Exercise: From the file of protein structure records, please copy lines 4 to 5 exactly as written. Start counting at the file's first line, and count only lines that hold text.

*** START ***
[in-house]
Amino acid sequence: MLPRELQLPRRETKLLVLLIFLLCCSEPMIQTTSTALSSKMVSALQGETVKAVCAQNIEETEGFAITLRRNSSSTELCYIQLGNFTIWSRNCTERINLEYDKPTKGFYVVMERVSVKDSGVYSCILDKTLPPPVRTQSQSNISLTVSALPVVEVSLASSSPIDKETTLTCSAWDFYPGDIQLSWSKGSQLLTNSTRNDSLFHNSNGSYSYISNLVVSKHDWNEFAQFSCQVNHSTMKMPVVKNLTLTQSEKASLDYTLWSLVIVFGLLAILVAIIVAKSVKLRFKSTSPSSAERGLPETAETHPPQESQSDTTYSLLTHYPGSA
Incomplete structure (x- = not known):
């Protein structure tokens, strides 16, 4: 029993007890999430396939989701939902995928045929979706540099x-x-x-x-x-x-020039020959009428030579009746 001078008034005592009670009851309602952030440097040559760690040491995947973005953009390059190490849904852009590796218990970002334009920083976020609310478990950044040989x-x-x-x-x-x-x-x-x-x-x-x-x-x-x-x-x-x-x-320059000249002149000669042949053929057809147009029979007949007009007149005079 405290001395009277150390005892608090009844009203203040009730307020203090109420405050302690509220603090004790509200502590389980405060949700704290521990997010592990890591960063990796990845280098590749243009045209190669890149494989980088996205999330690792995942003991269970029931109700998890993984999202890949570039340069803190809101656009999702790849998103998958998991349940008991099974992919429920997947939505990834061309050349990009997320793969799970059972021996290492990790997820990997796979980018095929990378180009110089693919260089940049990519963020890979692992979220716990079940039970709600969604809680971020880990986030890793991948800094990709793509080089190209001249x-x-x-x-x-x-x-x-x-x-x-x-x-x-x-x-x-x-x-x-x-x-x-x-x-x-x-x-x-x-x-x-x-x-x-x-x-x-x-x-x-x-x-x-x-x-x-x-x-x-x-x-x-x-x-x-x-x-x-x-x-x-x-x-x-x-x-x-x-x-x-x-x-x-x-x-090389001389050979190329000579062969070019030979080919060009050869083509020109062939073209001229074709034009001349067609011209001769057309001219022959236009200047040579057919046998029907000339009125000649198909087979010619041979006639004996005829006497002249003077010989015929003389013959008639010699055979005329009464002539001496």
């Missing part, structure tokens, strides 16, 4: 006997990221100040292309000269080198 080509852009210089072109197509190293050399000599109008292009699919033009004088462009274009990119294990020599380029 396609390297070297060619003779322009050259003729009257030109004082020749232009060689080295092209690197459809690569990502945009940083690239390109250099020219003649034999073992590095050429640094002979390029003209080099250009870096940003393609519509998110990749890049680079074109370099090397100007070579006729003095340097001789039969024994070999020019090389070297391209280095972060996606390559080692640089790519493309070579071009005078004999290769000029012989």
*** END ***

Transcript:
């Protein structure tokens, strides 16, 4: 029993007890999430396939989701939902995928045929979706540099x-x-x-x-x-x-020039020959009428030579009746 001078008034005592009670009851309602952030440097040559760690040491995947973005953009390059190490849904852009590796218990970002334009920083976020609310478990950044040989x-x-x-x-x-x-x-x-x-x-x-x-x-x-x-x-x-x-x-320059000249002149000669042949053929057809147009029979007949007009007149005079 405290001395009277150390005892608090009844009203203040009730307020203090109420405050302690509220603090004790509200502590389980405060949700704290521990997010592990890591960063990796990845280098590749243009045209190669890149494989980088996205999330690792995942003991269970029931109700998890993984999202890949570039340069803190809101656009999702790849998103998958998991349940008991099974992919429920997947939505990834061309050349990009997320793969799970059972021996290492990790997820990997796979980018095929990378180009110089693919260089940049990519963020890979692992979220716990079940039970709600969604809680971020880990986030890793991948800094990709793509080089190209001249x-x-x-x-x-x-x-x-x-x-x-x-x-x-x-x-x-x-x-x-x-x-x-x-x-x-x-x-x-x-x-x-x-x-x-x-x-x-x-x-x-x-x-x-x-x-x-x-x-x-x-x-x-x-x-x-x-x-x-x-x-x-x-x-x-x-x-x-x-x-x-x-x-x-x-x-090389001389050979190329000579062969070019030979080919060009050869083509020109062939073209001229074709034009001349067609011209001769057309001219022959236009200047040579057919046998029907000339009125000649198909087979010619041979006639004996005829006497002249003077010989015929003389013959008639010699055979005329009464002539001496």
């Missing part, structure tokens, strides 16, 4: 006997990221100040292309000269080198 080509852009210089072109197509190293050399000599109008292009699919033009004088462009274009990119294990020599380029 396609390297070297060619003779322009050259003729009257030109004082020749232009060689080295092209690197459809690569990502945009940083690239390109250099020219003649034999073992590095050429640094002979390029003209080099250009870096940003393609519509998110990749890049680079074109370099090397100007070579006729003095340097001789039969024994070999020019090389070297391209280095972060996606390559080692640089790519493309070579071009005078004999290769000029012989």